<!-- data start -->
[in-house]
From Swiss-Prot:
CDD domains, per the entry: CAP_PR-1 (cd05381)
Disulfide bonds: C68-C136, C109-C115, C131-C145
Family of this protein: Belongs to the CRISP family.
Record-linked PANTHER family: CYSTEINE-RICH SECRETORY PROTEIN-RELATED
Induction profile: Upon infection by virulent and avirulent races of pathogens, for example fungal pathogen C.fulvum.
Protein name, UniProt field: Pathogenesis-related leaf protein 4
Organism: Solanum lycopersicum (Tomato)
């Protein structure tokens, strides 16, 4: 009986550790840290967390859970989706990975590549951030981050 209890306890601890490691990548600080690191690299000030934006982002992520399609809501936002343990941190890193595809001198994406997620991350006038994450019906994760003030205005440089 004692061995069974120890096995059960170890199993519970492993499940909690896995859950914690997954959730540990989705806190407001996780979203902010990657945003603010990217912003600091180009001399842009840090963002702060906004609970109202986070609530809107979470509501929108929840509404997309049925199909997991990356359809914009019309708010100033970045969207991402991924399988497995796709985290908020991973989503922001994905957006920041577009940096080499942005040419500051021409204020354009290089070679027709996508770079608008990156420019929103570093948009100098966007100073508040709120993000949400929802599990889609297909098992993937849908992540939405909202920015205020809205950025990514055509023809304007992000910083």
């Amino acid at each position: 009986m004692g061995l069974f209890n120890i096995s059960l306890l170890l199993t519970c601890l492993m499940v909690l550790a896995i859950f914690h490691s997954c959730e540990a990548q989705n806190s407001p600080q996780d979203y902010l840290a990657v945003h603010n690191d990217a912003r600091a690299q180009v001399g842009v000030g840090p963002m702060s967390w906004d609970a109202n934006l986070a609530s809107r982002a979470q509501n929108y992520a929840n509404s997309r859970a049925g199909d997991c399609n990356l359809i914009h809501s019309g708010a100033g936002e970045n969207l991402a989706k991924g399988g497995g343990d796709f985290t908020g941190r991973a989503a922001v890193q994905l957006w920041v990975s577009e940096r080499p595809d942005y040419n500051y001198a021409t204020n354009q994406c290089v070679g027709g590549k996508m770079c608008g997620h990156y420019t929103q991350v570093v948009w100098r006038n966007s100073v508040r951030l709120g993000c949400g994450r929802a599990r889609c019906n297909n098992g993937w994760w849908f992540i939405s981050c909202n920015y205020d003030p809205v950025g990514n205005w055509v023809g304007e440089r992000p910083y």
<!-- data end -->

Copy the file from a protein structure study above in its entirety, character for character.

[in-house]
From Swiss-Prot:
CDD domains, per the entry: CAP_PR-1 (cd05381)
Disulfide bonds: C68-C136, C109-C115, C131-C145
Family of this protein: Belongs to the CRISP family.
Record-linked PANTHER family: CYSTEINE-RICH SECRETORY PROTEIN-RELATED
Induction profile: Upon infection by virulent and avirulent races of pathogens, for example fungal pathogen C.fulvum.
Protein name, UniProt field: Pathogenesis-related leaf protein 4
Organism: Solanum lycopersicum (Tomato)
């Protein structure tokens, strides 16, 4: 009986550790840290967390859970989706990975590549951030981050 209890306890601890490691990548600080690191690299000030934006982002992520399609809501936002343990941190890193595809001198994406997620991350006038994450019906994760003030205005440089 004692061995069974120890096995059960170890199993519970492993499940909690896995859950914690997954959730540990989705806190407001996780979203902010990657945003603010990217912003600091180009001399842009840090963002702060906004609970109202986070609530809107979470509501929108929840509404997309049925199909997991990356359809914009019309708010100033970045969207991402991924399988497995796709985290908020991973989503922001994905957006920041577009940096080499942005040419500051021409204020354009290089070679027709996508770079608008990156420019929103570093948009100098966007100073508040709120993000949400929802599990889609297909098992993937849908992540939405909202920015205020809205950025990514055509023809304007992000910083």
């Amino acid at each position: 009986m004692g061995l069974f209890n120890i096995s059960l306890l170890l199993t519970c601890l492993m499940v909690l550790a896995i859950f914690h490691s997954c959730e540990a990548q989705n806190s407001p600080q996780d979203y902010l840290a990657v945003h603010n690191d990217a912003r600091a690299q180009v001399g842009v000030g840090p963002m702060s967390w906004d609970a109202n934006l986070a609530s809107r982002a979470q509501n929108y992520a929840n509404s997309r859970a049925g199909d997991c399609n990356l359809i914009h809501s019309g708010a100033g936002e970045n969207l991402a989706k991924g399988g497995g343990d796709f985290t908020g941190r991973a989503a922001v890193q994905l957006w920041v990975s577009e940096r080499p595809d942005y040419n500051y001198a021409t204020n354009q994406c290089v070679g027709g590549k996508m770079c608008g997620h990156y420019t929103q991350v570093v948009w100098r006038n966007s100073v508040r951030l709120g993000c949400g994450r929802a599990r889609c019906n297909n098992g993937w994760w849908f992540i939405s981050c909202n920015y205020d003030p809205v950025g990514n205005w055509v023809g304007e440089r992000p910083y």